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Ahora podrás Ver Lost Highway online en HD
Del director David Lynch.

Fred Madison, un músico de Jazz, recibe una serie de misteriosas cintas de video en las que aparece con su mujer Renée dentro de su propia casa. En la última, que Fred ve a solas, junto a él aparece su esposa muerta…

Storyline »


Fred Madison, a saxophonist, is accused under mysterious circumstances of murdering his wife Renee. On death row, he inexplicably morphs into a young man named Pete Dayton, leading a completely different life. When Pete is released, his and Fred’s paths begin to cross in a surreal, suspenseful web of intrigue, orchestrated by a shady gangster boss named Dick Laurent.

Rotten Tomatoes

In David Lynch’s “Lost Highway,” we get to know an L.A. jazz hipster named Fred Madison (Bill Pullman), who suspects his wife Renee (Patricia Arquette) of cheating on him. Renee is murdered — cut into pieces — and a confused Fred is tried and convicted. In his cell, Fred (who’s been having headaches) somehow changes into a young mechanic named Pete Dayton (Balthazar Getty) — and we’re into a whole other story.
Or are we? Pete, who fixes cars for mobster Mr. Eddy (Robert Loggia), falls for Mr. Eddy’s moll Alice — played by Patricia Arquette again. There’s also a Mystery Man (a ghastly Robert Blake) who can be in two places at once and seems to function as a monitor/puppetmaster, like the lever-pulling Man in the Planet in Lynch’s seminal Eraserhead. The movie demands patience and attention, and some viewers may not feel it’s a fair trade. In Blue Velvet and Twin Peaks, Lynch set up a mystery and then sprinkled surreal oddities onto it. Lost Highway is all oddities, and the mystery is the film itself.

Most Lynch fans, I think, will much prefer the first half, and not only because Balthazar Getty is sullenly inexpressive and annoyingly “cool” — a rebel without a pulse. The Fred section is doomy and deliberately paced, heavy with voluptuous erotic dread; the languid nothingness sucks you in. The Pete section is noisy and overwrought, with occasional bursts of thrash metal and freakish violence, such as death by coffee table — which seems meant to be funnier than it is. (It’s staged poorly, or maybe it was trimmed to avoid an NC-17 rating.)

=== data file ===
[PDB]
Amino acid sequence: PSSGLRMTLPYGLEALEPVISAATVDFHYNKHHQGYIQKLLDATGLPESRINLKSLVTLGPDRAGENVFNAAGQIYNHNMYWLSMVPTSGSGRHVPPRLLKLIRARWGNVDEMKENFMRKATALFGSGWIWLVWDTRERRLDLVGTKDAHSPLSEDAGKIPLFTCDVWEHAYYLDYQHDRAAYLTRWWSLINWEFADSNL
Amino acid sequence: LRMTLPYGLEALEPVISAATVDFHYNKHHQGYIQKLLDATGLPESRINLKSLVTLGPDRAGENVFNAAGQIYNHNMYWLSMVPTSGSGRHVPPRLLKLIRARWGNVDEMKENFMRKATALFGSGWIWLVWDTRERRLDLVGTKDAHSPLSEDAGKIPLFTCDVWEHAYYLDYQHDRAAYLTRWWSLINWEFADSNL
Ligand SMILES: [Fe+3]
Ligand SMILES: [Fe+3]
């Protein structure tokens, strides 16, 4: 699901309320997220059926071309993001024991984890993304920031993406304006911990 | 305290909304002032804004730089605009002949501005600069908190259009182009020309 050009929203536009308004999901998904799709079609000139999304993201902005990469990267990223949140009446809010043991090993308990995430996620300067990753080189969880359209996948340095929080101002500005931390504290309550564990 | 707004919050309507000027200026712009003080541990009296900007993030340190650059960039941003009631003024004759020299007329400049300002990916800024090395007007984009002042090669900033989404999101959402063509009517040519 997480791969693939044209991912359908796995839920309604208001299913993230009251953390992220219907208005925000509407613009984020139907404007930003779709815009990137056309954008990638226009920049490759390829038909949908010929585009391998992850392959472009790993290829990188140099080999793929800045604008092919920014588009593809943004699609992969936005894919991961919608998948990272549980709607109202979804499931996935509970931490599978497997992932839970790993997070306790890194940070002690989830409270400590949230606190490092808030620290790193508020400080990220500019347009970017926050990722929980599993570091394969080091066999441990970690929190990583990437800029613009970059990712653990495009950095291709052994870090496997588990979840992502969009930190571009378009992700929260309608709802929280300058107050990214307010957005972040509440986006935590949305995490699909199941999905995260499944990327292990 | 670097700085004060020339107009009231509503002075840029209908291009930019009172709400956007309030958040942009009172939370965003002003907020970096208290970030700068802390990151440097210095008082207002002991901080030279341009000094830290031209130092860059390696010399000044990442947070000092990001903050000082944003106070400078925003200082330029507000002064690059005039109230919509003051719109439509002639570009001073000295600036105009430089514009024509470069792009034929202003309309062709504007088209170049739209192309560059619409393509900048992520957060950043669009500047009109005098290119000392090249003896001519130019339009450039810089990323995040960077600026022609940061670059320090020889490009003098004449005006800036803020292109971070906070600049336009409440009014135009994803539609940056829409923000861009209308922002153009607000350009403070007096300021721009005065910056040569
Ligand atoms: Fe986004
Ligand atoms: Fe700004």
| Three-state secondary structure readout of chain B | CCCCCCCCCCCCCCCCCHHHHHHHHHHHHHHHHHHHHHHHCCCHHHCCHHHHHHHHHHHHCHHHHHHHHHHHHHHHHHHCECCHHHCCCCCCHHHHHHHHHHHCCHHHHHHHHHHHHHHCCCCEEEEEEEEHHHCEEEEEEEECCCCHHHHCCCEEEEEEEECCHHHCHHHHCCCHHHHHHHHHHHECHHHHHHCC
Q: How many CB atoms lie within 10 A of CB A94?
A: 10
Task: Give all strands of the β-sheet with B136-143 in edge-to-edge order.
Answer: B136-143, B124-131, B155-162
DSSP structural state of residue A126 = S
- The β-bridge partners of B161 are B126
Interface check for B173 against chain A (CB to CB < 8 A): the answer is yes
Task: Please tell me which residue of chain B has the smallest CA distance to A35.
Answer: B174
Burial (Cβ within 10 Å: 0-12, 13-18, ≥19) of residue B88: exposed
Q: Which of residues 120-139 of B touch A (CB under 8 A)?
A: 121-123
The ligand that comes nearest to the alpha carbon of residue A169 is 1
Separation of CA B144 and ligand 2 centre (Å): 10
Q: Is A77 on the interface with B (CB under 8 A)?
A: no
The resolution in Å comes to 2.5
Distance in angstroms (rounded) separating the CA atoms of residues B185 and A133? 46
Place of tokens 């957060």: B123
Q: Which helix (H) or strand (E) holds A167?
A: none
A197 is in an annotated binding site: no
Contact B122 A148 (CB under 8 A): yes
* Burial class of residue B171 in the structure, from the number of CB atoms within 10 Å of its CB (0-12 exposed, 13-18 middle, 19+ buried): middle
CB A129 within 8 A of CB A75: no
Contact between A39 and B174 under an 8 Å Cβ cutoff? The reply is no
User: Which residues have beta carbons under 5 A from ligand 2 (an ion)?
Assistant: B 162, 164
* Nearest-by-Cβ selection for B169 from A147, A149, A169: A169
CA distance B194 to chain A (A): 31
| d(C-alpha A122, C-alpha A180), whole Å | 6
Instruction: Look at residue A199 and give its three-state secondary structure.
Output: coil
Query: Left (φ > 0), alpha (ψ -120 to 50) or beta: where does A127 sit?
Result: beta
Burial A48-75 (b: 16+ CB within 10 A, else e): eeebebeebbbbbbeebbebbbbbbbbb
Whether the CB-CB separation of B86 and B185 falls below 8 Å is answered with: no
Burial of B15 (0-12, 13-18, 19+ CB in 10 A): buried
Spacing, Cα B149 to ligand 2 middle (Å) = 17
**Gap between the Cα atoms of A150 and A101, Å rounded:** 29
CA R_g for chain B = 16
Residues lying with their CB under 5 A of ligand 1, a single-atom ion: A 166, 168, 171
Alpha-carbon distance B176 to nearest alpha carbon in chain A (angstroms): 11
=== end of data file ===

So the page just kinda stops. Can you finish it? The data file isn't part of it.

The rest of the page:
Yet even the weak second half offers distinctively Lynchian pleasures. When Alice is forced to strip at gunpoint, our response is divided between moral disgust and detached appreciation of Lynch’s pristine composition of the shot (the cinematography, by Peter Deming, is superb throughout). When Mr. Eddy assaults a tailgater, it’s the movie’s comic high point, but we also feel sorry for the poor pistol-whipped victim. Lynch was a wizard at this comic-horror stuff years before Quentin Tarantino cut off that cop’s Blue Velvet ear in Reservoir Dogs.

Lost Highway is a movie about divisions, so it’s fitting that we come away from it with mixed feelings. Some may prefer the faster, more lurid Pete section and find Fred’s half boring. Lynch himself seems split between artist and entertainer. In the climax, a chaotic seizure in which the literal and the symbolic collide, Lynch is a capital-A Artist who can’t, or won’t, bring the movie together in any satisfying way. He expects us to do it. Lynch is courting audience hostility here in a way he hasn’t since Eraserhead, which at least was wacko from the start. Lost Highway begins conventionally and then takes a hard left. The defiant strangeness reminded me of Alex Cox’s career-ending doodles Straight to Hell and Walker (both of which I liked).

I enjoyed much of Lost Highway, though I hesitate to recommend it to the uninitiated. It’s classic Lynch — a metaphysical horror movie about the dark mysteries of sex. I was enthralled even when I was baffled. Yet many Lynch fans may find it depressing.

“Lost Highway” is mesmerizing yet cold and remote — an exotic fish we can’t touch. Instead of connecting with us, David Lynch now wants to withdraw into his brilliant void, and he doesn’t care whether we go with him… by Rob Gonsalves.

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